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Research in the news

Annette-eDNA

Environmental DNA (eDNA)

Environmental DNA can be thought of as a type of forensic analysis of ocean inhabitants. Instead of sampling animals, we can detect the traces of DNA that they leave behind.

https://www.whoi.edu/oceanus/feature/round-up-the-unusual-suspects/

 

 

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 Autonomous in situ eDNA sampling on Deep See

Deep See is a new towed broadband acoustics and imaging instrument developed at WHOI by Andone Lavery (WHOI) and her team (Deep See is pictured left; image by Veronique LaCapra). I have added an eDNA sampler that filters water in situ. You can read more about it here.

 

 

 

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What is the Mesobot?

Mesobot is a new hybrid vehicle that can track animals and collect environmental DNA samples. You can read about it here.

 

 

 

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The Ocean Twilight Zone

WHOI Among The First Funding Recipients of the Audacious Project

The Ocean Twilight Zone

 

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SUPR REMUS

Robotic sampling coupled with genetic identification of plankton

SUPR-REMUS: The Next Generation of Plankton Sampling
from Marine Technology News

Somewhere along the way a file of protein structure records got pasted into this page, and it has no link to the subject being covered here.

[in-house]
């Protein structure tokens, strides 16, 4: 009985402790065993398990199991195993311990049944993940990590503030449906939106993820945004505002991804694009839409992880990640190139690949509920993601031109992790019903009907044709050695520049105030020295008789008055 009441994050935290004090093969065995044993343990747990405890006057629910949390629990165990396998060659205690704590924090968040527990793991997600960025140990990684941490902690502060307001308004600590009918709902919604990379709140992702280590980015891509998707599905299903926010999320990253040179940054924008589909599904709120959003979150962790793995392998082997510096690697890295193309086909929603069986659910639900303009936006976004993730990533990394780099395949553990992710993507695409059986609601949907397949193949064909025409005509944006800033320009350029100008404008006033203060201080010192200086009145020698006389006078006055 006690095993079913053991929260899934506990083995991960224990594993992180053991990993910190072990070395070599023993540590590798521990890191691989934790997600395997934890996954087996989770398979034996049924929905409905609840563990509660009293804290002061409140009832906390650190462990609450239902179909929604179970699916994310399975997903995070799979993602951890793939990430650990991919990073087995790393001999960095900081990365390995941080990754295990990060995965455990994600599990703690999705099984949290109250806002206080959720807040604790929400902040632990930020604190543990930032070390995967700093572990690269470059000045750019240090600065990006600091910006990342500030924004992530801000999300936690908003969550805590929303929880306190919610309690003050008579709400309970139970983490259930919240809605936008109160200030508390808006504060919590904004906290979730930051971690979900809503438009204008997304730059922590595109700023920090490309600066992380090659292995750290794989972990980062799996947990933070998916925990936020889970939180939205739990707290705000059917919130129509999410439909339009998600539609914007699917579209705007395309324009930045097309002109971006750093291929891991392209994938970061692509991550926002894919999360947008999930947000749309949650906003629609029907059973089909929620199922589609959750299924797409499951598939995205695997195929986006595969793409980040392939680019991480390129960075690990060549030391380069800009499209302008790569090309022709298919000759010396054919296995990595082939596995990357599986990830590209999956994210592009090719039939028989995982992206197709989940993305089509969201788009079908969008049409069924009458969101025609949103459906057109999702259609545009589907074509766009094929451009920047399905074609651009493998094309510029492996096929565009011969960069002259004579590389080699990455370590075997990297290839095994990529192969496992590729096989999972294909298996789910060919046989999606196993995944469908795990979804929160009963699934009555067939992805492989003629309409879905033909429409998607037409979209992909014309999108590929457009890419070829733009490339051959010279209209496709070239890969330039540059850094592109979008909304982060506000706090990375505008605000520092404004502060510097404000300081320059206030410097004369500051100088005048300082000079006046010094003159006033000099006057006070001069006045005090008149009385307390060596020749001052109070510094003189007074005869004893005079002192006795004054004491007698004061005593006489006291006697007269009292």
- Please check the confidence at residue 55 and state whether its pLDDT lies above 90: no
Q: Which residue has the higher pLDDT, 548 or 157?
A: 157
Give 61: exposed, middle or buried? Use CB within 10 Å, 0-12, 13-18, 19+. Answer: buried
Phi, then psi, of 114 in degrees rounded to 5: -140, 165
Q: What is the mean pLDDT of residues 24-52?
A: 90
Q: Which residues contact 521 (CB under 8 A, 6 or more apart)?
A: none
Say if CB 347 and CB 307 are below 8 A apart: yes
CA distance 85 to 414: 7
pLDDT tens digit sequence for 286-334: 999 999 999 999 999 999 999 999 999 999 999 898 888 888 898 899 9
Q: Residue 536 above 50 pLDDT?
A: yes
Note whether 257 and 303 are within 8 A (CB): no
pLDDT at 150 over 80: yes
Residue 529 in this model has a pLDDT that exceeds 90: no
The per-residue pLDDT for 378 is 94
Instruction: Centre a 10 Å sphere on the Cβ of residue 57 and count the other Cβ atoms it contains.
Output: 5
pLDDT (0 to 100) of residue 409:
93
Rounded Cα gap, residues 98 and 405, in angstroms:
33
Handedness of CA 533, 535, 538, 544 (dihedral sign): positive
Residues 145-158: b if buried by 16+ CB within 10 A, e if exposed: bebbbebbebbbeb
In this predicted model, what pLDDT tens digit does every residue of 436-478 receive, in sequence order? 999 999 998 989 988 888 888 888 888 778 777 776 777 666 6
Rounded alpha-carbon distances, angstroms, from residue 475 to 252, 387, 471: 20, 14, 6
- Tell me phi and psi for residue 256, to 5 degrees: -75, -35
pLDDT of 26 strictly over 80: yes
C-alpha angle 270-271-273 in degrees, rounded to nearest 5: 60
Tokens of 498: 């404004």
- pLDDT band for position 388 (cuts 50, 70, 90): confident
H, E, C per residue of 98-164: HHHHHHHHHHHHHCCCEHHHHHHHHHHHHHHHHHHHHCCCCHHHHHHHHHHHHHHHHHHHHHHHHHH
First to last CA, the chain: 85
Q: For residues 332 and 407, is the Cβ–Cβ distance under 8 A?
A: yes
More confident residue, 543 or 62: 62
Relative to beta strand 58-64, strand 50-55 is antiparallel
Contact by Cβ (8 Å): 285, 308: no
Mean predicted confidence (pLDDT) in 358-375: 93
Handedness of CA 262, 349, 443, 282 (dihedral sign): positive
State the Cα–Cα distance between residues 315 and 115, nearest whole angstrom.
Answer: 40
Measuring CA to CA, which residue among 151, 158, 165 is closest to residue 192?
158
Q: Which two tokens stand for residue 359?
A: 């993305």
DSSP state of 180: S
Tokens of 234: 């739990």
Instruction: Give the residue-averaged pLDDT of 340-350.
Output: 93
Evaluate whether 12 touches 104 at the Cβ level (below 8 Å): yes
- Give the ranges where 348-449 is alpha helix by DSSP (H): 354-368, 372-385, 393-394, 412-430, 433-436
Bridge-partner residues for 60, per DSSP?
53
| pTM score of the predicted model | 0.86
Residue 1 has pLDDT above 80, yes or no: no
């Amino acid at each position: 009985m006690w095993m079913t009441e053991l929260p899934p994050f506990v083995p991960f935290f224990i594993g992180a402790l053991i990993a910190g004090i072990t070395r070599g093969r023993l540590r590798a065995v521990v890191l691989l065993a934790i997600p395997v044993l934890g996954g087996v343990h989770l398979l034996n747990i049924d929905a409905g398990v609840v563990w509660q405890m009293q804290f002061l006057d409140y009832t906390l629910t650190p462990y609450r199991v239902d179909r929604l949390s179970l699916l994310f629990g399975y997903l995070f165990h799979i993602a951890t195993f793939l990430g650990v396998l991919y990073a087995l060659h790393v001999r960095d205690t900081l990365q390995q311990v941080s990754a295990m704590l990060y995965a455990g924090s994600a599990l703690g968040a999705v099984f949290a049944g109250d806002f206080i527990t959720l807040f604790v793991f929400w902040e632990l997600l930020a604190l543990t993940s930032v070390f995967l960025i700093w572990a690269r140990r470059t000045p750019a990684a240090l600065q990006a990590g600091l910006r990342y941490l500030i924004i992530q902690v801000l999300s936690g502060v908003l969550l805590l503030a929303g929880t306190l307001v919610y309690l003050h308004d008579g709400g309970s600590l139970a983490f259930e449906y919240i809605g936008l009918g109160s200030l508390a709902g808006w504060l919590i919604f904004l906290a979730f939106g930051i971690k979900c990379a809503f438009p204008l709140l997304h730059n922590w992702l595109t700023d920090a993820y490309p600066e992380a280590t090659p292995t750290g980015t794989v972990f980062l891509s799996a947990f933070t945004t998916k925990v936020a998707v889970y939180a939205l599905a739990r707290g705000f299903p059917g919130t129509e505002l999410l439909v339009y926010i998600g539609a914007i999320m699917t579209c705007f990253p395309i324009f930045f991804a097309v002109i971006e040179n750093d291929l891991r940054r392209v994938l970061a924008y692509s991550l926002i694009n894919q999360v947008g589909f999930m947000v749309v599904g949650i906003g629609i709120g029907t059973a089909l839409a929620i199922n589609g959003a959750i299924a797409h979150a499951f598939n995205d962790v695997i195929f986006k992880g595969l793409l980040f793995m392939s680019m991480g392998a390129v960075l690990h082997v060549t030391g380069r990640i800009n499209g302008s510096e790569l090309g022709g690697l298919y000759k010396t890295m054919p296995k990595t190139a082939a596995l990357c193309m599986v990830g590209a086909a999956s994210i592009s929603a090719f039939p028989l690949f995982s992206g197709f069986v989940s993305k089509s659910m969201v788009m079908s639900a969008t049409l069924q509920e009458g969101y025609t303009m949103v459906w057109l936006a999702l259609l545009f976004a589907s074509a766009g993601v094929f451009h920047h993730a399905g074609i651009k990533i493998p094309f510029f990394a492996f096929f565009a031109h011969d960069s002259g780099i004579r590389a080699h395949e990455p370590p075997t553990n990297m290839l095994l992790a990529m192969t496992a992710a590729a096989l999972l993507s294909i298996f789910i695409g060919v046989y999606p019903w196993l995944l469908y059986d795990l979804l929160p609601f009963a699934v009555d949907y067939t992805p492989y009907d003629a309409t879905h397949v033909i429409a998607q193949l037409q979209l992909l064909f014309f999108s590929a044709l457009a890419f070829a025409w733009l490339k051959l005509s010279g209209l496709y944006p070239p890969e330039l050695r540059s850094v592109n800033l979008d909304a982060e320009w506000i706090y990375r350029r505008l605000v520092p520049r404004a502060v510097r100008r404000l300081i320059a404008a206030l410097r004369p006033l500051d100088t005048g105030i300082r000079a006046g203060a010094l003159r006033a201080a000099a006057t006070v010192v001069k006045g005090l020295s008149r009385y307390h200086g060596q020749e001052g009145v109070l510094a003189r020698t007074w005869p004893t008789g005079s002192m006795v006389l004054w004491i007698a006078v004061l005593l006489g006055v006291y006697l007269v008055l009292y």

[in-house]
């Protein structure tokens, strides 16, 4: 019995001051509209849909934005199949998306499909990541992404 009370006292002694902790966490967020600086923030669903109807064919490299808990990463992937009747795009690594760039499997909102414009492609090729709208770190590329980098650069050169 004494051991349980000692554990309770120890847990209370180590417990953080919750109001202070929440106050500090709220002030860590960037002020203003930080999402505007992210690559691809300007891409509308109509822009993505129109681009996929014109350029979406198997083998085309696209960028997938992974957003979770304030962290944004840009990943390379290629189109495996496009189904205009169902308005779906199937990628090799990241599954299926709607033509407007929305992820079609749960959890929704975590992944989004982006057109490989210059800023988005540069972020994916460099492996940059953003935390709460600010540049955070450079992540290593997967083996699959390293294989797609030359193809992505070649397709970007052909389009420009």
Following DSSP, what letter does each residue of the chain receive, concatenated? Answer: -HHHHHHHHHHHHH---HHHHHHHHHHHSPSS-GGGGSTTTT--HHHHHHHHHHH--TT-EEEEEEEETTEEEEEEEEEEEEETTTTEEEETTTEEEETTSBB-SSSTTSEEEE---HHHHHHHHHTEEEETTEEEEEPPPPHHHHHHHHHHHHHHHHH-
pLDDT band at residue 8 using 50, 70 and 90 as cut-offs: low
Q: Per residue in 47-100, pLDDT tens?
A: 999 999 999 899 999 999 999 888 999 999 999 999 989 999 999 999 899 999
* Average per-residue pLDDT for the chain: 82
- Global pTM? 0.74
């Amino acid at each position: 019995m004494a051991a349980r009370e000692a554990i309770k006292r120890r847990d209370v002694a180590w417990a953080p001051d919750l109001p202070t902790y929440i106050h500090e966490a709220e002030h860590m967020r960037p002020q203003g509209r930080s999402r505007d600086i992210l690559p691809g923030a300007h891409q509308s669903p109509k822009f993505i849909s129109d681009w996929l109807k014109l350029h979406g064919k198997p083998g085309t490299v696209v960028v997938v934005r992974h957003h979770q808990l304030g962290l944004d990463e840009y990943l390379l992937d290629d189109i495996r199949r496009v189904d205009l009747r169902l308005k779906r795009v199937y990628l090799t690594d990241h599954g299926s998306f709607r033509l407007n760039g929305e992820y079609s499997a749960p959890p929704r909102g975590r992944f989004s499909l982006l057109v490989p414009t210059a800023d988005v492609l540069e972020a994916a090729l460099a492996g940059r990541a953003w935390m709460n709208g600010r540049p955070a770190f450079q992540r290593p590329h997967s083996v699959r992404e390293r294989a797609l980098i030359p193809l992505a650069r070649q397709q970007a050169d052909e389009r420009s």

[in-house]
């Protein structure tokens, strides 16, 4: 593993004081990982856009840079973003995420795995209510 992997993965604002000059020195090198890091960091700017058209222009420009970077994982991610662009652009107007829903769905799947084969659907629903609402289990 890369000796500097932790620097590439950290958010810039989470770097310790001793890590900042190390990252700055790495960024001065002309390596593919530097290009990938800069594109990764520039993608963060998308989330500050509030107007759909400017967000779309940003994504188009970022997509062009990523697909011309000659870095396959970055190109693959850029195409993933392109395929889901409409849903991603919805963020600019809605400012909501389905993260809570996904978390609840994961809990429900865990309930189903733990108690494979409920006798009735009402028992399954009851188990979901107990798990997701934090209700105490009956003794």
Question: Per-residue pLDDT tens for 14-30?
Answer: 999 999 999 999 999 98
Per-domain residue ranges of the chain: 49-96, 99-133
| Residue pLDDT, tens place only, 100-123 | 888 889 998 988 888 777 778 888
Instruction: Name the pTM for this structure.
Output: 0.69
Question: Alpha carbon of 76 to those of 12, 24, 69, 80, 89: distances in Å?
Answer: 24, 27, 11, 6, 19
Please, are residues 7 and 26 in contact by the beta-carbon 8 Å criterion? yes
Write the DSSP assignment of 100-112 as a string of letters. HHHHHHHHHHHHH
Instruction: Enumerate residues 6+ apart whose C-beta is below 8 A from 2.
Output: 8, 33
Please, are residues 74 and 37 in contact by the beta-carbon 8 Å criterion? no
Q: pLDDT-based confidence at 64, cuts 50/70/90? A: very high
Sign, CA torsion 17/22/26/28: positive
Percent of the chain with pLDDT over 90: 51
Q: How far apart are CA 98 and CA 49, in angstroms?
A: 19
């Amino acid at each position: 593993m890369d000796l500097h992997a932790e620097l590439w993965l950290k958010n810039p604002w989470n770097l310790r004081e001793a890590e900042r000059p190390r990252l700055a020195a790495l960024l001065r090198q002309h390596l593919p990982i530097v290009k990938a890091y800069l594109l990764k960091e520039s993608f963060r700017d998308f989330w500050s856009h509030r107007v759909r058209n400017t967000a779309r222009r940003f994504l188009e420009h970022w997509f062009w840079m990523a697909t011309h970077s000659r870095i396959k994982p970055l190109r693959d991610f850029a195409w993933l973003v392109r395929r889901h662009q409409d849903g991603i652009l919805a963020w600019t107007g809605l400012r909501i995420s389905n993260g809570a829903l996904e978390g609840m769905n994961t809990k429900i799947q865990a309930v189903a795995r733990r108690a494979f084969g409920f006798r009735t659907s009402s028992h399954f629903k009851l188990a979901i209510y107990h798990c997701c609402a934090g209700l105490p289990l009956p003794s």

WHOI's Center for Marine Robotics Symposium

Symposium Agenda

 

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Ocean Science Journalism Fellows

At the beach with the ocean science journalism fellows

 

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A crab swarm at Hannibal Bank

A massive crab swarm was observed by a team lead by Jesus Pineda at Hannibal Bank, off of the eastern coast of Panama. I identified these crabs as Pleuroncodes planipes using DNA barcoding. Watch this fascinating video.

 

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Tunicate evolution

Salps, pyrosomes, and doliolids are planktonic invertebrate chordates. They are in a group called the tunicates, and are related to benthic sea squirts. My paper on tunicate phylogeny was the featured article in the Journal of Plankton Research, and the cover photo of a salp (Cyclosalpa pinnata) was taken by my PhD and postdoctoral advisor, Larry Madin. You can read a news article about my research here.

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Jellyfish Fingerprints

DNA barcodes are like species "fingerprints", and can enable identification of marine animals.

Jellyfish Fingerprints
from Northeastern University College of Science